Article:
The launch of a new Windows is not an ordinary event in the technology world. The Microsoft (MSFT) OS is still the most-used in the world, by a considerable margin. Therefore, any changes or updates have a global impact and significance. Windows 8 is even more significant in this regard. The company is shifting, for the first time, to a touch based interface as compared to its 'mouse' or 'touchpad' interface. Considering that 25% of PC users still use Windows XP, which was released more than a decade ago, it's a big risk. However, the recent shift of computing to handheld and touch-based devices makes this move necessary, to say the least. Many argue that Microsoft has been reactionary, and has delayed its response to the tablet/smartphone boom. For example, only a few months back, it was pushing its WP7 on manufacturers such as Nokia (NOK). Despite the 'uneasy' reaction of most Windows users, Windows 8 is an inevitable evolution, and Microsoft could either board the wagon or become extinct. We have been bullish on Windows 8 for quite some time, and post-launch our conviction has only become stronger. The broad range of partners, high dividend yield, a beautiful OS; all contribute to our buy rating on MSFT.
Apple (AAPL) is known for its pre-launch secrecy, and for surprising viewers during presentations with the unexpected. The California-based company is able to do this because it manufactures both the hardware and software sides of its products. Microsoft enjoys no such luxury for its Windows launches, because it has a large number of ecosystem partners who are privy to all its product-related info; throwing privacy out the window. The software giant was able to keep a few tricks up its sleeve with its WP8 launch due to the limited number of partners. The company showcased its new OS last week during its New York event. Some features that were unknown before include a 'Kids Corner' feature. The company used Jessica Alba to endorse this very interesting feature. The Kids Corner feature gives kids access to certain apps while the phone is locked. This will be a useful feature for the 'busy mom'. Another interesting feature of the new WP8 is the user ability to lock apps to the lock screen. This would allow users to absorb information from their lock screens without unlocking the phone e.g. news apps, weather apps etc. The look approximately remains the same as WP7, because WP8 also uses Live Tiles, which a user can animate with application data.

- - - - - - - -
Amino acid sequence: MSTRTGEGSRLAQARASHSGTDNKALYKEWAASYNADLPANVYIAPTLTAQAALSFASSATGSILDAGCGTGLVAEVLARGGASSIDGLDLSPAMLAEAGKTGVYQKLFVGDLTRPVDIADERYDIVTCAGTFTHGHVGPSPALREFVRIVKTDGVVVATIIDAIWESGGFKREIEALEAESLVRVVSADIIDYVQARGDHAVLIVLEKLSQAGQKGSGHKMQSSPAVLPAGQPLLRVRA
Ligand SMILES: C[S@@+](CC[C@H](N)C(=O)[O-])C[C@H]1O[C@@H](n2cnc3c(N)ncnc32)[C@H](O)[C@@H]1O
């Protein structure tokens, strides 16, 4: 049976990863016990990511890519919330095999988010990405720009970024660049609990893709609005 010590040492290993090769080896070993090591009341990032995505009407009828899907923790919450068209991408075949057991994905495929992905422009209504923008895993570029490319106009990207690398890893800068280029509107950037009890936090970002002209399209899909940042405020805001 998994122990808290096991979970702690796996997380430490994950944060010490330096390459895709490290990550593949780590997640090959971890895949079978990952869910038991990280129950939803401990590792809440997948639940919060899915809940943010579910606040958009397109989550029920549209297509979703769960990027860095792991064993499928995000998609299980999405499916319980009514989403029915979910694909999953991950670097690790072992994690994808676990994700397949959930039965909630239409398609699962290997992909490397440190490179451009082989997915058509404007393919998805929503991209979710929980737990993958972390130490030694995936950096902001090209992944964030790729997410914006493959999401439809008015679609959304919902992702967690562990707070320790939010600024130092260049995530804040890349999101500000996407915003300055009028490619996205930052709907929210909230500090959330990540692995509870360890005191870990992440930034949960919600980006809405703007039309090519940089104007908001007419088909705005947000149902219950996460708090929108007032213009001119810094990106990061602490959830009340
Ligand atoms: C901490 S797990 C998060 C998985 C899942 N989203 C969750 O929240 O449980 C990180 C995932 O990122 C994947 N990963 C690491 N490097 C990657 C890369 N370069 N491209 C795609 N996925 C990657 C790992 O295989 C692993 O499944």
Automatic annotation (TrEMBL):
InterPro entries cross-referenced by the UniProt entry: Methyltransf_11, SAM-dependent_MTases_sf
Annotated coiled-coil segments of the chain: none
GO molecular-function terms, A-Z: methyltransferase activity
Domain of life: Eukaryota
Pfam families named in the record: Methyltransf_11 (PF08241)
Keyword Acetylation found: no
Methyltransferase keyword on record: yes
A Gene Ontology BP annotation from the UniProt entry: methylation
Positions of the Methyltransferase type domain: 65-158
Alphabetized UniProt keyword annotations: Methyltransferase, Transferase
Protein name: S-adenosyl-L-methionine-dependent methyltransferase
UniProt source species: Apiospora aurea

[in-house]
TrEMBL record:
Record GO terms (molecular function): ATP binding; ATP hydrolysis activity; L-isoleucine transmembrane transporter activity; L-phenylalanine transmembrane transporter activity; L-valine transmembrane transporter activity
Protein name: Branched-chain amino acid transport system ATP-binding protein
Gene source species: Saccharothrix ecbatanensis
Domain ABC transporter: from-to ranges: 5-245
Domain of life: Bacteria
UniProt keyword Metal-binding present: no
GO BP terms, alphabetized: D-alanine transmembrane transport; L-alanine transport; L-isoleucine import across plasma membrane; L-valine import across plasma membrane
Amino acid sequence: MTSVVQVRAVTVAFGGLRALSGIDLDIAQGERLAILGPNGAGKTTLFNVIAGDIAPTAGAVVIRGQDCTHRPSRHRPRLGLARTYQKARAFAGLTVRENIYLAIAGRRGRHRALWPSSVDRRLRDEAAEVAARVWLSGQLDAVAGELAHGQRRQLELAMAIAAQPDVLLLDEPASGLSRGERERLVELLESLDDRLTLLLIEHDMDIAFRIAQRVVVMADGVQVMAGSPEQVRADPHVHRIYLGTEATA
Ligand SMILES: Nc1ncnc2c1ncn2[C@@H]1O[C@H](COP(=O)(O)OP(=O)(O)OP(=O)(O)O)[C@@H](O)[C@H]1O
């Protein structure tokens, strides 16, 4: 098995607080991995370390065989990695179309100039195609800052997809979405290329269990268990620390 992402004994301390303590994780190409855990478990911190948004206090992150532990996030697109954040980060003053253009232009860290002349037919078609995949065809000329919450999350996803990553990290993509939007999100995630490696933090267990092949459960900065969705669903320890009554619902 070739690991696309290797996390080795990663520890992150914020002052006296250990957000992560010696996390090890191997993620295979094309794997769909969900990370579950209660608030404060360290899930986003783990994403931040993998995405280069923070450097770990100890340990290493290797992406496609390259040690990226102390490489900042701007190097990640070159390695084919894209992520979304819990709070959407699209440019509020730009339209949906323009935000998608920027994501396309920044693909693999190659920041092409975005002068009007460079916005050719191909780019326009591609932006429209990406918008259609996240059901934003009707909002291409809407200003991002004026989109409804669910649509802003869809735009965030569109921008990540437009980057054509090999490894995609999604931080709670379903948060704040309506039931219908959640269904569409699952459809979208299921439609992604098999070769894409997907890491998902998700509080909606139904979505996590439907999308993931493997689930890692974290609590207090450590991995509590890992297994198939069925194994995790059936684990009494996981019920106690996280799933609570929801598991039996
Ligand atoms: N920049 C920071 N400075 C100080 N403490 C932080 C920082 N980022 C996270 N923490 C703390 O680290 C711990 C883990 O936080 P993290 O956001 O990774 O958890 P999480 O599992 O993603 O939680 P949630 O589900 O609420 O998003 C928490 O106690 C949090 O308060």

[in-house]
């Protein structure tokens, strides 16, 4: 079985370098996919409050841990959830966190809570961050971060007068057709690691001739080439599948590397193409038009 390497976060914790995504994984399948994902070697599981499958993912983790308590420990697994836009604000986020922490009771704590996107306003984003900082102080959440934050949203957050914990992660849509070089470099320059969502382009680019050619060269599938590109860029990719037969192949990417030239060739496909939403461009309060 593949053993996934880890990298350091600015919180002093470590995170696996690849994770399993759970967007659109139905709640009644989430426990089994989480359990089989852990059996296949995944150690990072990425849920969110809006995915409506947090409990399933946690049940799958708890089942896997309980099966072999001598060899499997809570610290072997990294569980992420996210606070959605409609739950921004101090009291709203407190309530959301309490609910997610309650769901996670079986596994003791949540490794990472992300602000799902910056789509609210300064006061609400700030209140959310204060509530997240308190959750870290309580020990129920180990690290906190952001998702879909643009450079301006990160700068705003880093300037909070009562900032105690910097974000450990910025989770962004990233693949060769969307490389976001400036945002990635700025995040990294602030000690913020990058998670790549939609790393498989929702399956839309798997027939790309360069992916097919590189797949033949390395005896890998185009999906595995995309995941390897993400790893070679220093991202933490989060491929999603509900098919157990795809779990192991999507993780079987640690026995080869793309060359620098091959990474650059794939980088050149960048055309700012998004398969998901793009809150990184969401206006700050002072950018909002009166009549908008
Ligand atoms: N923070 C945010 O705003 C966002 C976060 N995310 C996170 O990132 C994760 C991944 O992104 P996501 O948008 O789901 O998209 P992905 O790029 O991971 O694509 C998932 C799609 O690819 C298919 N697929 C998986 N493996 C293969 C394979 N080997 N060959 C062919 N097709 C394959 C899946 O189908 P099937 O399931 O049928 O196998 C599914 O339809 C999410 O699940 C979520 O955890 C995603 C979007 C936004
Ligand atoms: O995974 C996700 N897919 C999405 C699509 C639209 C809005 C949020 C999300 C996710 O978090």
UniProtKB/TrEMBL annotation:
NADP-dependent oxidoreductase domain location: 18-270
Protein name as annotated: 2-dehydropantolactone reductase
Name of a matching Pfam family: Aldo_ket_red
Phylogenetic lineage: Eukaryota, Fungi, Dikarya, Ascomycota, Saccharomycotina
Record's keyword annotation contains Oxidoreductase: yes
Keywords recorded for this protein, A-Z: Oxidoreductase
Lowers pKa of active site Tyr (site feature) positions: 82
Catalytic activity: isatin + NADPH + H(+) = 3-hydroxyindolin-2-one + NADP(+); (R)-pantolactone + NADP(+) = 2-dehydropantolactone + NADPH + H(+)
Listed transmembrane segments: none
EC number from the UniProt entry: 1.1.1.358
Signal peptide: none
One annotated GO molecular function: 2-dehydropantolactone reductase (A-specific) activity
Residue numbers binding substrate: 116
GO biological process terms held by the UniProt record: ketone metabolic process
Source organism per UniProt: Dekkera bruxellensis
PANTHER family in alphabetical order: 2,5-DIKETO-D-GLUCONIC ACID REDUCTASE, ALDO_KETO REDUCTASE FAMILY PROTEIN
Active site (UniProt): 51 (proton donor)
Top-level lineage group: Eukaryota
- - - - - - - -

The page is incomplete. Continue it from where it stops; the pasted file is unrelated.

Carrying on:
Unique Selling Proposition (USP)
Google (GOOG)'s Android and Apple's iOS have already discovered most features that can be useful to a smartphone/tablet user. This leaves little room for Windows 8/WP8 to be innovative and attract loyal iOS or Android users. The USP for Windows therefore is its ability to provide a uniform experience across different devices. Windows 8/WP8 will enable Microsoft to create an ecosystem that is not limited by incompatibility between different modes of computing. The downside to this ambition is the limited applications by third-party vendors for Windows ecosystem. We are optimistic that the application base will continue to improve. Currently, there are 120,000 applications for Windows phones. The sheer number of applications is not an accurate measure of a platform's 'user friendliness' because several apps are usually redundant e.g. more than a 1,000 clock apps for Android on Google Play. Microsoft has announced that it plans to be more focused on bringing the more popular applications to its Windows platform, and according to the software giant, very soon approximately 46 from top 50 applications will be available on Windows. Microsoft will also release a WP8 app for Skype.
We have been bullish on Windows 8 for quite some time. According to recent company disclosures, it has already authorized more than a thousand devices, which will run on Windows 8/WP8. The company is trading at a P/E of 8x, which is approximately half the NASDAQ's 15x. Windows 8 has a huge advantage of an existing loyal user base; it remains to be seen if this loyalty is to 'Windows' or Windows 7 & XP. Microsoft has been very bold with its Windows upgrade, and we believe this boldness will pay off. With an excellent dividend yield of 3.26%, huge share buybacks and Windows 8 growth, MSFT is a buy.
Disclosure: I have no positions in any stocks mentioned, and no plans to initiate any positions within the next 72 hours.